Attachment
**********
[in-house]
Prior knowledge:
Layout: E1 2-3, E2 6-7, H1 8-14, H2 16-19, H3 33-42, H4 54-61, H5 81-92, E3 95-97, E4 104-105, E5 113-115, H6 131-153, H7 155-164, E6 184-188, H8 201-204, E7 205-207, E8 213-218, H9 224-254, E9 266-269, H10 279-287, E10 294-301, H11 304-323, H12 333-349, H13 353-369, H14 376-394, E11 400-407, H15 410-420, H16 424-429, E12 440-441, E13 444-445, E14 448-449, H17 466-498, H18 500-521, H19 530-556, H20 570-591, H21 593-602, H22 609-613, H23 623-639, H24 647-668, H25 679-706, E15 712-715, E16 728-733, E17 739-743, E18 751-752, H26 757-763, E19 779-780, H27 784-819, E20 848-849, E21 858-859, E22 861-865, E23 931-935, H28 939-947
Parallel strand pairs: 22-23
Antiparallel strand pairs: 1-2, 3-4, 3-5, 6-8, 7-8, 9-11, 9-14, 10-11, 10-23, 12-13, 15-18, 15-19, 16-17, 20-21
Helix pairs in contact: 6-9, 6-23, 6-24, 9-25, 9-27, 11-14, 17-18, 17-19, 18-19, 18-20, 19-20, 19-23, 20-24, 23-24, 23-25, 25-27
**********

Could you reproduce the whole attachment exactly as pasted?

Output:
[in-house]
Prior knowledge:
Layout: E1 2-3, E2 6-7, H1 8-14, H2 16-19, H3 33-42, H4 54-61, H5 81-92, E3 95-97, E4 104-105, E5 113-115, H6 131-153, H7 155-164, E6 184-188, H8 201-204, E7 205-207, E8 213-218, H9 224-254, E9 266-269, H10 279-287, E10 294-301, H11 304-323, H12 333-349, H13 353-369, H14 376-394, E11 400-407, H15 410-420, H16 424-429, E12 440-441, E13 444-445, E14 448-449, H17 466-498, H18 500-521, H19 530-556, H20 570-591, H21 593-602, H22 609-613, H23 623-639, H24 647-668, H25 679-706, E15 712-715, E16 728-733, E17 739-743, E18 751-752, H26 757-763, E19 779-780, H27 784-819, E20 848-849, E21 858-859, E22 861-865, E23 931-935, H28 939-947
Parallel strand pairs: 22-23
Antiparallel strand pairs: 1-2, 3-4, 3-5, 6-8, 7-8, 9-11, 9-14, 10-11, 10-23, 12-13, 15-18, 15-19, 16-17, 20-21
Helix pairs in contact: 6-9, 6-23, 6-24, 9-25, 9-27, 11-14, 17-18, 17-19, 18-19, 18-20, 19-20, 19-23, 20-24, 23-24, 23-25, 25-27